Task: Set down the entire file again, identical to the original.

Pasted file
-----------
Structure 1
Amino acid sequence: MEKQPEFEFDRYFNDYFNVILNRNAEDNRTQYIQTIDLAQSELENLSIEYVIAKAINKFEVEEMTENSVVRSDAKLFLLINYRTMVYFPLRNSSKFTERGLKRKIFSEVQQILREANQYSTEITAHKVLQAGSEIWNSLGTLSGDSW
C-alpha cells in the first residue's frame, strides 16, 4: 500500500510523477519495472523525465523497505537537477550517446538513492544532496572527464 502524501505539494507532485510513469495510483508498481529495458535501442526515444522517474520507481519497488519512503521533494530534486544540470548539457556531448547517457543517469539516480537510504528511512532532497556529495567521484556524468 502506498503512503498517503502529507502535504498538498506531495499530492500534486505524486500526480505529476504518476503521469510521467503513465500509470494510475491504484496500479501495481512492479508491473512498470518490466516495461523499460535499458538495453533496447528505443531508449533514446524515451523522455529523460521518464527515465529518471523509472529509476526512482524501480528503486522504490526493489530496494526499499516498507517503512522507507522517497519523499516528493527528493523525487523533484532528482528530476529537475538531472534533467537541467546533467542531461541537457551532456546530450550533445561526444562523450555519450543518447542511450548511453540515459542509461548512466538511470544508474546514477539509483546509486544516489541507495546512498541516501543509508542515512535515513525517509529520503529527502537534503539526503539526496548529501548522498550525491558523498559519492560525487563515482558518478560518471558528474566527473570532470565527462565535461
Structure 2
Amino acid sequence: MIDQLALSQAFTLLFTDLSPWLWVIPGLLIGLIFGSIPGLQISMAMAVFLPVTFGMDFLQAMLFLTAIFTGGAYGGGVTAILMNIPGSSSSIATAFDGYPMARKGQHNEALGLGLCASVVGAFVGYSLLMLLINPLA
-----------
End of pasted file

Structure 1
Amino acid sequence: MEKQPEFEFDRYFNDYFNVILNRNAEDNRTQYIQTIDLAQSELENLSIEYVIAKAINKFEVEEMTENSVVRSDAKLFLLINYRTMVYFPLRNSSKFTERGLKRKIFSEVQQILREANQYSTEITAHKVLQAGSEIWNSLGTLSGDSW
C-alpha cells in the first residue's frame, strides 16, 4: 500500500510523477519495472523525465523497505537537477550517446538513492544532496572527464 502524501505539494507532485510513469495510483508498481529495458535501442526515444522517474520507481519497488519512503521533494530534486544540470548539457556531448547517457543517469539516480537510504528511512532532497556529495567521484556524468 502506498503512503498517503502529507502535504498538498506531495499530492500534486505524486500526480505529476504518476503521469510521467503513465500509470494510475491504484496500479501495481512492479508491473512498470518490466516495461523499460535499458538495453533496447528505443531508449533514446524515451523522455529523460521518464527515465529518471523509472529509476526512482524501480528503486522504490526493489530496494526499499516498507517503512522507507522517497519523499516528493527528493523525487523533484532528482528530476529537475538531472534533467537541467546533467542531461541537457551532456546530450550533445561526444562523450555519450543518447542511450548511453540515459542509461548512466538511470544508474546514477539509483546509486544516489541507495546512498541516501543509508542515512535515513525517509529520503529527502537534503539526503539526496548529501548522498550525491558523498559519492560525487563515482558518478560518471558528474566527473570532470565527462565535461
Structure 2
Amino acid sequence: MIDQLALSQAFTLLFTDLSPWLWVIPGLLIGLIFGSIPGLQISMAMAVFLPVTFGMDFLQAMLFLTAIFTGGAYGGGVTAILMNIPGSSSSIATAFDGYPMARKGQHNEALGLGLCASVVGAFVGYSLLMLLINPLA